Mesko adjusting to life in the NFL
|08.03.10 at 1:52 pm ET|
FOXBORO — There was a lot to like about the Patriots’ fifth-round selection of Michigan punter Zoltan Mesko.
One of the more interesting players in the draft, Mesko’s journey to the NFL is far dissimilar the traditional path many take. Despite his intrigue in coming from a dangerous area in Romania and then moving to the states, it shouldn’t go unnoticed that the Patriots landed themselves a fine young player at a position that has historically plagued them.
Back in February we wrote about how Mesko could be the guy that ends the team’s run of bad punters, and now that he is in the fold and the only punter in training camp, all eyes are on what the rookie can do on the field. Mesko’s main focus is proving that he can simply impress without focusing on the attention that comes with being the starter.
“These coaches, they don’t put it out there that anything’s guaranteed,” Mesko said of not having company on the depth chart. “Not having the complacency develop is key. Just like [Stephen Gostowski] was telling me, he doesn’t become complacent even though he’s been the starter for four years. If you have that complacent mindset, that’s when things start falling apart.”
As for adjusting to a new level of playing, any first impressions and time to soak in the surroundings seem to already be a thing of the past with Mesko.
“It seems like I’ve been here for three weeks instead of five days with the guys,” Mesko said.
Second-year special teams coach Scott O’Brien liked what he saw from the punter in his time at Michigan. Often being forced into scramble punt (punting on the move) scenarios, Mesko has pleased thus far as the team works with him to get into a groove punting conventionally.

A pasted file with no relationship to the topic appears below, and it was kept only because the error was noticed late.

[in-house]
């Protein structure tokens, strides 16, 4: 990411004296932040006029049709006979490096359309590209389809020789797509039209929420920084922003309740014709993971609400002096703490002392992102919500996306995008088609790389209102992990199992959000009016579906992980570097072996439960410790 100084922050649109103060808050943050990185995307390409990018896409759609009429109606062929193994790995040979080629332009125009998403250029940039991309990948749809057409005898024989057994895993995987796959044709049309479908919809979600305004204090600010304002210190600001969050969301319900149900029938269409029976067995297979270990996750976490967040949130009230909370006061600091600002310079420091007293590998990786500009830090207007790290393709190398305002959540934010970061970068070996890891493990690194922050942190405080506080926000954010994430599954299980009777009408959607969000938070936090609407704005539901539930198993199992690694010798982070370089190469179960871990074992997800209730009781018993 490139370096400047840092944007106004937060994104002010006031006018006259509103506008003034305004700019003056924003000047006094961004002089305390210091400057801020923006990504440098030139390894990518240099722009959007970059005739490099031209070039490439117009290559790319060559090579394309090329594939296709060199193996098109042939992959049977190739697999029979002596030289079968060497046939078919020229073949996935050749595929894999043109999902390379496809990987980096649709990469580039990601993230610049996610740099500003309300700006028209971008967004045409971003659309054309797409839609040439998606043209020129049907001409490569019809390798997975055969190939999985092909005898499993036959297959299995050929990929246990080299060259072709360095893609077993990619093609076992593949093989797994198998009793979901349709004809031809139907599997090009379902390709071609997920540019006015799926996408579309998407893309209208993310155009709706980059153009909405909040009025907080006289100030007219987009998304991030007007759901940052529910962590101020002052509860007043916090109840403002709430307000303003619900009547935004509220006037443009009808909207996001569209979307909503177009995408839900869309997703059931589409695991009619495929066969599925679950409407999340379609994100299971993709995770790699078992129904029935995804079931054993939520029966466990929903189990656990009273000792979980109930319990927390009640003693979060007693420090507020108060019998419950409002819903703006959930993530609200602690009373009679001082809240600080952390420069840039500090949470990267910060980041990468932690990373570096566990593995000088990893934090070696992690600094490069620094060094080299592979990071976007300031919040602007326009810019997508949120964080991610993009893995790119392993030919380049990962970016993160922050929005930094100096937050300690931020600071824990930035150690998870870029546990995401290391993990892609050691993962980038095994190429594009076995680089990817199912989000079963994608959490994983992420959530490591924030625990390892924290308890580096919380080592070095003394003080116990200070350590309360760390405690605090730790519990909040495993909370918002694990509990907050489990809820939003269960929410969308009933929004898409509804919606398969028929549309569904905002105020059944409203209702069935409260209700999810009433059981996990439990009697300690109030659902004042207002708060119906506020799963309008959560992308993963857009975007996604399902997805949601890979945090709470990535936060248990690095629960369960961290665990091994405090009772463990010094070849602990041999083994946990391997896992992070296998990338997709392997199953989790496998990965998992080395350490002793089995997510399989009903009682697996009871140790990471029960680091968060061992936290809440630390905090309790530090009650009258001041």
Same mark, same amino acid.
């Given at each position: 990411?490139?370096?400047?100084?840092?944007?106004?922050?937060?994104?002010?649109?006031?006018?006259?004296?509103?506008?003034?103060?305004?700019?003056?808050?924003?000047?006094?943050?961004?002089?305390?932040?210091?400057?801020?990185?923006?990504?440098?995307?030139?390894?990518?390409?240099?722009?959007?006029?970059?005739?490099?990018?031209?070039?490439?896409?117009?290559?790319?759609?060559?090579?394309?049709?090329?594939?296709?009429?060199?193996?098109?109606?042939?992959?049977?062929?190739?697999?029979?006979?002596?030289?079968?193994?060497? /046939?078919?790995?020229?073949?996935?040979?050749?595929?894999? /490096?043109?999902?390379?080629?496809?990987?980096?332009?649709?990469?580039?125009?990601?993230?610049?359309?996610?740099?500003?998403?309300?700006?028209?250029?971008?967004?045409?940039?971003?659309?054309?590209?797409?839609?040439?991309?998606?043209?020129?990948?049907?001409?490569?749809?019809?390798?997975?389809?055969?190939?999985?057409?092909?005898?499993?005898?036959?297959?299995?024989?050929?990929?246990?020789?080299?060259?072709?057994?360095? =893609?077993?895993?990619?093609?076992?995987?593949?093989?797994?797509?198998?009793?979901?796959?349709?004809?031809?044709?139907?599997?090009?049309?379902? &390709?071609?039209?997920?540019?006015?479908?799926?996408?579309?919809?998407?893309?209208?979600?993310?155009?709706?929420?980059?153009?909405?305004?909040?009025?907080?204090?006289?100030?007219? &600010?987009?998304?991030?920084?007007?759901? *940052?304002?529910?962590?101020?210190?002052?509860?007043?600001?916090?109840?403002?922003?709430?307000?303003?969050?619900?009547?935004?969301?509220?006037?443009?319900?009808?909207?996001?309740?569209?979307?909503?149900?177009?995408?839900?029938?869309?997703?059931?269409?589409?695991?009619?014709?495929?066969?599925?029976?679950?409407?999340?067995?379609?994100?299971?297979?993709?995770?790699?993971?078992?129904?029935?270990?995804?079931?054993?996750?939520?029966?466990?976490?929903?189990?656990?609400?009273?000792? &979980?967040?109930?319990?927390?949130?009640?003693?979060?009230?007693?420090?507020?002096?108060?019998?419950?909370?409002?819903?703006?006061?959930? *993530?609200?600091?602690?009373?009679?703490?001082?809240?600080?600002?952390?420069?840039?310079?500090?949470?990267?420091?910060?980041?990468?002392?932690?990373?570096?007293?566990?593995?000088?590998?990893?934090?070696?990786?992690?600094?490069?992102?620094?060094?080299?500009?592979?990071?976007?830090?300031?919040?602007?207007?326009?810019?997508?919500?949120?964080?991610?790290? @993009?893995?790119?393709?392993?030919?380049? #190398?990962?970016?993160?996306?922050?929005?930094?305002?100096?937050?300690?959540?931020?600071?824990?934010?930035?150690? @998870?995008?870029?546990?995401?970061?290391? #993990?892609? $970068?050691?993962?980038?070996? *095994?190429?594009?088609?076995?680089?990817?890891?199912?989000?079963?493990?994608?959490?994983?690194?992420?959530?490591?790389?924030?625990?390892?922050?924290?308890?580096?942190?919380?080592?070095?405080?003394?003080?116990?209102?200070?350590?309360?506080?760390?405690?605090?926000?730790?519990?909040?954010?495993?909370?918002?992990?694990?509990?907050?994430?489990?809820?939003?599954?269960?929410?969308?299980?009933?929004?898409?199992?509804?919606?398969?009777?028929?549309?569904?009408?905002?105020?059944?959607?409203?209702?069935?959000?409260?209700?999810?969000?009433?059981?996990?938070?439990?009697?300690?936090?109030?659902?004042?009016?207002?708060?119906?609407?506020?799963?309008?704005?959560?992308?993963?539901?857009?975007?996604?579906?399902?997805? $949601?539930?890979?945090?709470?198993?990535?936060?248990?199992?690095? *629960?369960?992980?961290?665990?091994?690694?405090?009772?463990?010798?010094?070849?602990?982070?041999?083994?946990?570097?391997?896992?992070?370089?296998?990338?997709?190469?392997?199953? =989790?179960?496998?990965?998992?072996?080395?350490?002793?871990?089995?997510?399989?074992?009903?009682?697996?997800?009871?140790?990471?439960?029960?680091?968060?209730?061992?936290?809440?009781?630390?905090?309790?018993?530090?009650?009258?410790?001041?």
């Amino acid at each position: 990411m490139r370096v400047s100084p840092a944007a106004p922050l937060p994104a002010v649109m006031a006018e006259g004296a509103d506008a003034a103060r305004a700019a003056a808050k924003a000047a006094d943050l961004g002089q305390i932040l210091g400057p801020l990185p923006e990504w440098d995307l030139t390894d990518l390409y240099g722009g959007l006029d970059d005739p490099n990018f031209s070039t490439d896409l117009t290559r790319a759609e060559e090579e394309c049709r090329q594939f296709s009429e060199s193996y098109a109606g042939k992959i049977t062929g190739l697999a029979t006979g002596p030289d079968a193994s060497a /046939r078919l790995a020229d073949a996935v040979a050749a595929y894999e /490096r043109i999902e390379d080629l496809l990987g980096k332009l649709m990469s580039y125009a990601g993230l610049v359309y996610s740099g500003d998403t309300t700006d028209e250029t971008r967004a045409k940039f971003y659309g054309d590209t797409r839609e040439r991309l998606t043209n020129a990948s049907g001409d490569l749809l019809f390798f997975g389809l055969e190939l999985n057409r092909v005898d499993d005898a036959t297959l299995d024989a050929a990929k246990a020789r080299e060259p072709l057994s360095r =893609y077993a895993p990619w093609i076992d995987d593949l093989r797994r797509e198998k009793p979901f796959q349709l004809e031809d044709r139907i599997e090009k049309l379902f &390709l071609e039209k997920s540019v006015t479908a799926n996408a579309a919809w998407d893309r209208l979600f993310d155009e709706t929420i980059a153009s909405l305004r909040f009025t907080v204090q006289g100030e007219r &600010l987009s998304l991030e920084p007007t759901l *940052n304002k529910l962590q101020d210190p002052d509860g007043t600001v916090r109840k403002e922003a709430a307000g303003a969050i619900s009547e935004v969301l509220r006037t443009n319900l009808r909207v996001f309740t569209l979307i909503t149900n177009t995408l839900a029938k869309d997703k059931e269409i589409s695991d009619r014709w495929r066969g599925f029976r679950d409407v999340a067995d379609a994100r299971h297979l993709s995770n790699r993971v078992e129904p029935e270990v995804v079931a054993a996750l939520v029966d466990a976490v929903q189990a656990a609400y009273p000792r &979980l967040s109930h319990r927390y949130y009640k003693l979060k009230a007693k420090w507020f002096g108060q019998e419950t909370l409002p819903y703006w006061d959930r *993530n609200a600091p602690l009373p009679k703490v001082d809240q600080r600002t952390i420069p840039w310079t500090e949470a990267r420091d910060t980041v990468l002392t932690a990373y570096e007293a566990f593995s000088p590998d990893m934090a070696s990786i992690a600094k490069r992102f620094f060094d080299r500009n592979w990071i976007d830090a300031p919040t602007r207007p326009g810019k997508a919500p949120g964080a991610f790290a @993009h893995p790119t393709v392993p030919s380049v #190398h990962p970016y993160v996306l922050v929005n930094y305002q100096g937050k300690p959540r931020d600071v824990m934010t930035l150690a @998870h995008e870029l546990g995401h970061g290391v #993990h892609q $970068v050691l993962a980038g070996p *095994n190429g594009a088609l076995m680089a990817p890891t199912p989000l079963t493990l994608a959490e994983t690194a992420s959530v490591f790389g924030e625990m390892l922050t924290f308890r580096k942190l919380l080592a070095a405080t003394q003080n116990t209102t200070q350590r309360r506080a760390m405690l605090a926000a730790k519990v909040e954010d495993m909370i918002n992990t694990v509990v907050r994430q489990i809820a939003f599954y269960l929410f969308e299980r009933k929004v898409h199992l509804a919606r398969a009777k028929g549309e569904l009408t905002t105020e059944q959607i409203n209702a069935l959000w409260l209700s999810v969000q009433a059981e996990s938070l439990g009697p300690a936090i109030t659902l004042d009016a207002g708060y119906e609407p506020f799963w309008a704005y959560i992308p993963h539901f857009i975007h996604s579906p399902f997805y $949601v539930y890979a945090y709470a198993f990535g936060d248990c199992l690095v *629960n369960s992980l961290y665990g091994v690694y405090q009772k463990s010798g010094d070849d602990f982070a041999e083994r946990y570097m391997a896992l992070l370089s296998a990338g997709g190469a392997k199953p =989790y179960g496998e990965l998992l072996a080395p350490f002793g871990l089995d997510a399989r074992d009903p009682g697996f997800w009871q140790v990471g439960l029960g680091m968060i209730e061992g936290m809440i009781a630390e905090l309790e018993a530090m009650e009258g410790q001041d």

“In Zoltan’s case, there was enough — I mean, a lot of film — where it was conventional punting. The scramble punts is just a situation we all have. [There are] certain situations that they’ve never done in college and we have to work on. Obviously, of the things they didn’t do in college that they need to do for us, but we have to do it. In Zoltan’s case, that’s one thing he’s done and has worked hard on ever since he’s been here.”
The 150th pick in the draft, Mesko is already establishing himself as a fan favorite both for his name (“Yeah, I have a weird name,” he said in his introductory conference call after being drafted) and his status as a drafted punter. Mesko seems to understand the confidence the Patriots showed in him with his selection and is ready to prove just how valuable he will be.
“In the past, there’s a lot of punters that have been drafted in the later rounds,” Mesko said. “It’s definitely a position that the fans really don’t notice, but the coaches do value in the way a punter can switch field position.
“For myself, I was [surprised] because I never thought I could get to this level. But with hard work, it can be achieved.”
Based on what O’Brien had to say, the Patriots didn’t seem prepared to let Mesko get away from them in April’s draft. The Romanian-born Mesko’s numbers — his punts averaged 44.5 yards a pop in his senior year at Michigan — were just part of what made him so appetizing to the Pats.
“With us, just evaluating college at a position that is very very hard to find at our level as far as the young techniques you’re looking for, the locomotor skills you develop for that position,” O’Brien said. “There’s so much of that in college, yet you really have to do a good job of just singling out his physical attributes as a punter.”
The appreciation that the coaches seem to have for their rookie punter is seemingly reciprocated by Mesko, who as an NFL special teamer now receives far more attention and instruction as he refines his craft.
“In college there’s not much coaching. There’s not a lot of special teams coordinators,” Mesko said. “Having someone to tell you that you’ve got to do this and this, it’s really a good thing in the long run. Even though you may not like to check off the to-do list, in the end, it’s going to pay off.
Mesko will also hold for Gostkowski in his first season.
“Well, there’s definitely a trust that needs to be built between the holder in the kicker,” Mesko said. “I take great pride in playing a position that’s really not noticed until you mess up. Like punting, it has to be perfected, and there are still things to improve on.”
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